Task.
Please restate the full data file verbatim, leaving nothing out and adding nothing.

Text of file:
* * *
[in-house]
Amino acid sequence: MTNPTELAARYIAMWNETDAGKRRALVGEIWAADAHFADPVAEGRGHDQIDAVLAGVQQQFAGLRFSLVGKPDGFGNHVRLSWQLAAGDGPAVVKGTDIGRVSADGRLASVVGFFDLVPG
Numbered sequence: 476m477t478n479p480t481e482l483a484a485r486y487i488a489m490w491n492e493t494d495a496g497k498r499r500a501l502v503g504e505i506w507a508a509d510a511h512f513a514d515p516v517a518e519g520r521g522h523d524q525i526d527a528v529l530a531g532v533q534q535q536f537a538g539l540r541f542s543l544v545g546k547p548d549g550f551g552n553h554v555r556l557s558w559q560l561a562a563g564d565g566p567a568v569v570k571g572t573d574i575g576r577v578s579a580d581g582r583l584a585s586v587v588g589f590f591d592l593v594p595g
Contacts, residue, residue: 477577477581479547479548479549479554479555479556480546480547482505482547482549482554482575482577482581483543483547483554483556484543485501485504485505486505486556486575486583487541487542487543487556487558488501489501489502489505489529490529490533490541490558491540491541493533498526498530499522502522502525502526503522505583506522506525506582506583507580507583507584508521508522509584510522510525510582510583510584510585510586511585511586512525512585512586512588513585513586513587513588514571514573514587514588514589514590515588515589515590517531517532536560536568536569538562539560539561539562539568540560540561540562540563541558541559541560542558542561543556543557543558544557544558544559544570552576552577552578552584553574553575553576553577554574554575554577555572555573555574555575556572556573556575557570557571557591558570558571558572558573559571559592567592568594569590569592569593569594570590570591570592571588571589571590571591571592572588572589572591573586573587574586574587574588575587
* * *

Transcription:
[in-house]
Amino acid sequence: MTNPTELAARYIAMWNETDAGKRRALVGEIWAADAHFADPVAEGRGHDQIDAVLAGVQQQFAGLRFSLVGKPDGFGNHVRLSWQLAAGDGPAVVKGTDIGRVSADGRLASVVGFFDLVPG
Numbered sequence: 476m477t478n479p480t481e482l483a484a485r486y487i488a489m490w491n492e493t494d495a496g497k498r499r500a501l502v503g504e505i506w507a508a509d510a511h512f513a514d515p516v517a518e519g520r521g522h523d524q525i526d527a528v529l530a531g532v533q534q535q536f537a538g539l540r541f542s543l544v545g546k547p548d549g550f551g552n553h554v555r556l557s558w559q560l561a562a563g564d565g566p567a568v569v570k571g572t573d574i575g576r577v578s579a580d581g582r583l584a585s586v587v588g589f590f591d592l593v594p595g
Contacts, residue, residue: 477577477581479547479548479549479554479555479556480546480547482505482547482549482554482575482577482581483543483547483554483556484543485501485504485505486505486556486575486583487541487542487543487556487558488501489501489502489505489529490529490533490541490558491540491541493533498526498530499522502522502525502526503522505583506522506525506582506583507580507583507584508521508522509584510522510525510582510583510584510585510586511585511586512525512585512586512588513585513586513587513588514571514573514587514588514589514590515588515589515590517531517532536560536568536569538562539560539561539562539568540560540561540562540563541558541559541560542558542561543556543557543558544557544558544559544570552576552577552578552584553574553575553576553577554574554575554577555572555573555574555575556572556573556575557570557571557591558570558571558572558573559571559592567592568594569590569592569593569594570590570591570592571588571589571590571591571592572588572589572591573586573587574586574587574588575587